One wonders if the people who wrote the ad knew the Rabbi was talking about Saturday.
Heaton also records earlier votes on the issue.
On election day, the proposal to allow movies on Sunday was rejected.
Once it was defeated the issue could not appear on the ballot for four years. In 1951, another referendum was held and Norristown’s four movie theaters were free to open on Sundays.
If you’ve ever come into our library to do some family research or look up some local history you’ve probably used one of the several historical and biographical works by such as Milton Bean, Charles Hunsicker, and Moses Auge. This week’s blog is about Moses Auge, author of Lives of Eminent Dead and Biographical Notices of Prominent Living Citizens of Montgomery County, Pa. As I’ve noted in this blog before, people in the past were not concerned with catchy book titles.
Auge was born in Delaware in 1811 and spent his youth in Chester County. He moved to Norristown after he married. He was a hatter by trade. The 1860 Norristown city directory lists him as:
Auge, Moses, hats clothing and Editor, 178 Egypt Street.
"Egypt Street" is now Main Street. He edited two newspapers in Norristown, the Republican and the True Witness. Both papers were pro-temperance and anti-slavery.
The masthead of the Republican after Ague's time as editor
During his time editing the Republican, 1857-1862, Auge and his co-editor John H. Williams were both sued for libel by Henry L. Acker. We don’t have a copy of the original paper, but luckily for us, the indictment reproduced the article, along with interjections of legalese:
“Aha!!! Our old friend Acker (meaning the said Henry L. Acker) brother of the editor of the Norristown Register, late editor of the Pottsville Democratic Standard, and post-master at that place under Buchanan, was one day this week honored with a visit from the U. S. Marshall which functionary favored him with a free ride to Philadelphia to answer a charge of embezzling six thousand dollars (meaning six thousand dollars of the public monies of the United States of America received by him the said Henry L. Acker as such postmaster) it perhaps be remembered by our readers, was some time ago, much troubled about some people long ears! We told him at the time, that, although not a very graceful appendage, they were not so apt to let their owners into trouble as were long fingers (meaning thereby that the said Henry L. Acker has then and there unlawfully appropriated money to himself which did not justly belong to him), and now, we suppose, he will believe we were about right. Virtuous Acker (meaning said Henry L. Acker) while he presided over the columns of the Standard who so horrified and indignant as he over the frauds and thefts of the government contractors and Republican office holders. Now how have the might fallen. Sic transit gloria mundi.”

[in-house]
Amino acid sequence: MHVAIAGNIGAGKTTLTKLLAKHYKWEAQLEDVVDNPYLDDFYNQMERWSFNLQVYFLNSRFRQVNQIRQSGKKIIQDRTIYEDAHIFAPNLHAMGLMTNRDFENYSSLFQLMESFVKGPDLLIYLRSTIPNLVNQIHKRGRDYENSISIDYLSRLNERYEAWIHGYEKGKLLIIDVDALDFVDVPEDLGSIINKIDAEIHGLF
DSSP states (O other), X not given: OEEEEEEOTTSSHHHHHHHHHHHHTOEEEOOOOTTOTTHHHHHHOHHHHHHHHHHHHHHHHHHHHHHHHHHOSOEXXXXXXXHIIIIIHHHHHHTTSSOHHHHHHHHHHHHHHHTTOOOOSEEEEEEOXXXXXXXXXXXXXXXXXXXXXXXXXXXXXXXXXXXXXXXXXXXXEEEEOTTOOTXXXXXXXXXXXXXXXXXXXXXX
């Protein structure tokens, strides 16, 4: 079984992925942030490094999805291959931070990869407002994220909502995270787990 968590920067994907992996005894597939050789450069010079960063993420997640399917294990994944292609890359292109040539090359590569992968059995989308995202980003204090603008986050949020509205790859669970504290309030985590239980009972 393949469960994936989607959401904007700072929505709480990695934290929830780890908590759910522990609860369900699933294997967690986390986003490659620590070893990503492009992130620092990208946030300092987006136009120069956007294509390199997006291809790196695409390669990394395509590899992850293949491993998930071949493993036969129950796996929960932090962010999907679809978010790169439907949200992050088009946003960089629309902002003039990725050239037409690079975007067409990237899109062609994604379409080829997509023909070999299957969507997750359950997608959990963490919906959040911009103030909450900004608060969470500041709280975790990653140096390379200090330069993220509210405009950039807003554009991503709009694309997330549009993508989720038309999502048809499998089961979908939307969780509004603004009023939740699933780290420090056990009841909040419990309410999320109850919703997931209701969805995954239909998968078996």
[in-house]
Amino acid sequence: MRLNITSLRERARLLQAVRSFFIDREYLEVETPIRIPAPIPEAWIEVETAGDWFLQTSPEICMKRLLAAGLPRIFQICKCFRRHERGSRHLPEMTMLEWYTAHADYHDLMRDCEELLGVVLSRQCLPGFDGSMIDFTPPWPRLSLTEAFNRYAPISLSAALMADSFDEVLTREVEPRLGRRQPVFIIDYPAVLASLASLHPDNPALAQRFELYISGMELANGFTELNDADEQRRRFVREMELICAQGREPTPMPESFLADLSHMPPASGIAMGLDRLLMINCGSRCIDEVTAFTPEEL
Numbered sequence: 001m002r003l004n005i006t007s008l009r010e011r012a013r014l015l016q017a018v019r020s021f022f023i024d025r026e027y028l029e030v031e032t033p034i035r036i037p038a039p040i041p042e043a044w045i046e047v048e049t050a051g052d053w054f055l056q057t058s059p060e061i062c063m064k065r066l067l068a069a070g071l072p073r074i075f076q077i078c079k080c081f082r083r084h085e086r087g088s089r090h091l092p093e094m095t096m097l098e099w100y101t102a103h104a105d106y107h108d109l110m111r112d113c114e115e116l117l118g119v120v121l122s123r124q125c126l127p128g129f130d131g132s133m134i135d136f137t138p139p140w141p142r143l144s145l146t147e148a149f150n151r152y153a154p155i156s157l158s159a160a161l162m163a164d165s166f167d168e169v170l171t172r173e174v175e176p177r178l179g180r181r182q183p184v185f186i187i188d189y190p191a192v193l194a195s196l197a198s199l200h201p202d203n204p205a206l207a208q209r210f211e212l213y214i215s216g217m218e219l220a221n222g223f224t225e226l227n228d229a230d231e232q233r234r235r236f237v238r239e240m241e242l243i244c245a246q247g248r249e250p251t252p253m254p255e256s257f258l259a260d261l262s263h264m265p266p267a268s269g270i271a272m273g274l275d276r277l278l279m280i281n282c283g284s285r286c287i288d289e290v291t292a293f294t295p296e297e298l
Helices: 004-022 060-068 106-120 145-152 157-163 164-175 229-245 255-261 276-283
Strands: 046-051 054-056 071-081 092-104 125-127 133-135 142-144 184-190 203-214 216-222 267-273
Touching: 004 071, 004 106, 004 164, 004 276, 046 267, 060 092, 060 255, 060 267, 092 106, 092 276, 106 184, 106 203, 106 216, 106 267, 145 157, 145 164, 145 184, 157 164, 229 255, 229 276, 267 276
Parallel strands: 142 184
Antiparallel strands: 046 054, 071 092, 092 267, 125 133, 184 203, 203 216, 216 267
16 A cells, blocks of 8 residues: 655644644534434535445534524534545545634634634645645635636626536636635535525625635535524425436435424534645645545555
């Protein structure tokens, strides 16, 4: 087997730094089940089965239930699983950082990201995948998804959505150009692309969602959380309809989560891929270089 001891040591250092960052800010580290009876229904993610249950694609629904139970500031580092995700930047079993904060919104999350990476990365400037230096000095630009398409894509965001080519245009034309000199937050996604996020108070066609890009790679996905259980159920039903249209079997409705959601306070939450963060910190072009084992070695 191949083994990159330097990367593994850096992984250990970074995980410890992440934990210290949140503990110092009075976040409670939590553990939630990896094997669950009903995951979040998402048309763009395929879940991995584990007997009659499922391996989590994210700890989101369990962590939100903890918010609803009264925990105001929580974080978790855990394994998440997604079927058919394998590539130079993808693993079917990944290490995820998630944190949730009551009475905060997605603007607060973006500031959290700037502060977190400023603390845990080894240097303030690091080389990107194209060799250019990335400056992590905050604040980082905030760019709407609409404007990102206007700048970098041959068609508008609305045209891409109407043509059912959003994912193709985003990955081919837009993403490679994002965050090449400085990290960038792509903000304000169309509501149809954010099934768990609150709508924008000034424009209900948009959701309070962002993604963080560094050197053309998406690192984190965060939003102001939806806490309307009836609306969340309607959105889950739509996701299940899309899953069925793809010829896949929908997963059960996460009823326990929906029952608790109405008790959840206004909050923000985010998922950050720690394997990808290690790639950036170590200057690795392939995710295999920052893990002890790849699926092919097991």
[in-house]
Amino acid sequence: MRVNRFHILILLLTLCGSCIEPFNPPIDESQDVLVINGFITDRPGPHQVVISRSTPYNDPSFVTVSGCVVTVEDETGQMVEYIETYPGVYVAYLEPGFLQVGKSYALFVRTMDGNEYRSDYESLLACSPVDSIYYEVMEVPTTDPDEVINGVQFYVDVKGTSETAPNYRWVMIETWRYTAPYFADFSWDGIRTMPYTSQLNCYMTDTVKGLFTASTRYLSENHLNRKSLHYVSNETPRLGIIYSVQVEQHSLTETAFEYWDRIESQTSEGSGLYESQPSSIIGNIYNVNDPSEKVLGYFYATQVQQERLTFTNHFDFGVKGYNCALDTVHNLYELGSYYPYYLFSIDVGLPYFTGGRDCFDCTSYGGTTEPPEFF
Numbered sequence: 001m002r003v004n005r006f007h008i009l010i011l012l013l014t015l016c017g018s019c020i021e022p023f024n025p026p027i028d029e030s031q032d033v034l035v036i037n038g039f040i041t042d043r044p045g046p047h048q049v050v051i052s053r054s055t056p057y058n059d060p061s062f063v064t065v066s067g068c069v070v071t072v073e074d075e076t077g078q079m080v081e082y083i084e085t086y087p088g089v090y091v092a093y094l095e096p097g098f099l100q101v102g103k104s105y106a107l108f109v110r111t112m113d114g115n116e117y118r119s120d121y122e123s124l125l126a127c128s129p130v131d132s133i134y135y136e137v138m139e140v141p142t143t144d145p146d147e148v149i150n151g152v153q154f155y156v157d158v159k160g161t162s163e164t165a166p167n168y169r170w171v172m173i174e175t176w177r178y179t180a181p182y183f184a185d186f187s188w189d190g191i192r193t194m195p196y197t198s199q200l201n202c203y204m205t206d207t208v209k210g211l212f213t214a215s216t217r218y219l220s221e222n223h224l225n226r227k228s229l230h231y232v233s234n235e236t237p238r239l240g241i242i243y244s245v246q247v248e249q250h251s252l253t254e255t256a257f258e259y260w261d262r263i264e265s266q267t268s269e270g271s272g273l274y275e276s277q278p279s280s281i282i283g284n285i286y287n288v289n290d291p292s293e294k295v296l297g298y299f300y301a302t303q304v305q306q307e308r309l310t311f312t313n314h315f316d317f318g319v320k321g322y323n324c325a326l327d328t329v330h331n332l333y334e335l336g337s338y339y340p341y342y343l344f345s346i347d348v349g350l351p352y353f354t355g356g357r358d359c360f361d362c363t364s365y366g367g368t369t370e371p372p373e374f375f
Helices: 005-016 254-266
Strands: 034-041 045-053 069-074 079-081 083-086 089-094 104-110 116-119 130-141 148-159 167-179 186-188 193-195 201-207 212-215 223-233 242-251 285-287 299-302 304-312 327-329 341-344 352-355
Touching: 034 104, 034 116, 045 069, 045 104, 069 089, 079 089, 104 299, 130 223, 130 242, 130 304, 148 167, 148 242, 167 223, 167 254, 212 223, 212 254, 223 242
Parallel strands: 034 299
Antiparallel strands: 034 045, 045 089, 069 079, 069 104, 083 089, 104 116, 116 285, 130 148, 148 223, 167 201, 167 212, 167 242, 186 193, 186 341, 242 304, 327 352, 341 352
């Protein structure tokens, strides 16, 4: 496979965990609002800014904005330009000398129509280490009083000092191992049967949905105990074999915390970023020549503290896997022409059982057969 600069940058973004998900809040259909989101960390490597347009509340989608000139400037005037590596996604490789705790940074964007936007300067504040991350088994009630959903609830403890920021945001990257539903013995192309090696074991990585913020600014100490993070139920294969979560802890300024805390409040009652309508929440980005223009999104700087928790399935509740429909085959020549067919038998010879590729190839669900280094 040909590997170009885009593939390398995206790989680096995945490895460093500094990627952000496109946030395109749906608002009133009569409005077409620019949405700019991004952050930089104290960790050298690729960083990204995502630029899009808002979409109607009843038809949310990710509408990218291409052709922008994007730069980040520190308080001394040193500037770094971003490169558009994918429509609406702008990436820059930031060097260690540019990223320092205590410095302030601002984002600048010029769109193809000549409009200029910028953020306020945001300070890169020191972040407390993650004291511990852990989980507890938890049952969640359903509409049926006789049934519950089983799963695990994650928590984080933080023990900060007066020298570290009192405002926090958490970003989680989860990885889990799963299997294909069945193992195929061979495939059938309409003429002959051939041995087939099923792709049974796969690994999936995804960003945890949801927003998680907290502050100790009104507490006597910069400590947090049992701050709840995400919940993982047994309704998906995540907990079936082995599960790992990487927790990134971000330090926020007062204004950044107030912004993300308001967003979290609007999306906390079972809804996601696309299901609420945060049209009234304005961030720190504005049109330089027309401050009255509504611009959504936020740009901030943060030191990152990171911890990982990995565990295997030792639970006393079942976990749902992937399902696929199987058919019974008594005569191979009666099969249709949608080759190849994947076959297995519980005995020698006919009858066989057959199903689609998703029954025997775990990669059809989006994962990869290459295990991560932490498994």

A surprising $500 bond was entered for each man and one Jacob Cowden, who is not mentioned in the indictment. Acker himself was ordered to pay a bond of $100 upon condition he appear. We also have the total costs of the trial, which called thirteen witnesses, who each cost the Commonwealth $1.50 (the paper doesn’t say if this was to feed them or transport them or what). Acker himself cost the county $7.17.
The only thing we don’t know – the verdict. It’s not among the court papers, nor does the case seem to have been covered in the Times-Herald (although, its publisher, Robert Iredell was called as a witness). Auge’s time at the Republican ended the same year, however. He published his well-used book of local biographies in 1878 and died in 1892.
In the 1880’s, there was only one place to go for dancing instruction in Norristown, Professor J. E. Reilley’s class held weekly at Meeh’s Hall. Professor Reilley held his classes from September to May. At the end of May, the class would perform publicly for their final exam.
Below is an invitation to the 1888 event.
According to an accompanying newspaper article, 32 young ladies and 6 gentleman performed. The ladies are listed each with what they were wearing. Kathie and Emily Preston would blue Canton crepe trimmed with surah and lace while Miss Katie Haines wore pink chaille and garnet velvet. The Preston sisters were later very active members of the Historical Society. Emily would have been about 13 in 1888 and Katherine about 15.
The program was long with several solos and group dances. Miss Alice Edmunds “one of the prettiest girls in the class” performed a scarf dance. Miss Eva McGinnis, dance “Comin’ Thro’ the Rye” while holding a bunch rye. The entire class danced around a maypole.
According to the newspaper, “The affair was a complete success, and Prof. Reilley is to be hearily congratulated for his good fortune with the pupils, and thanked for his painstaking care in their instructions.”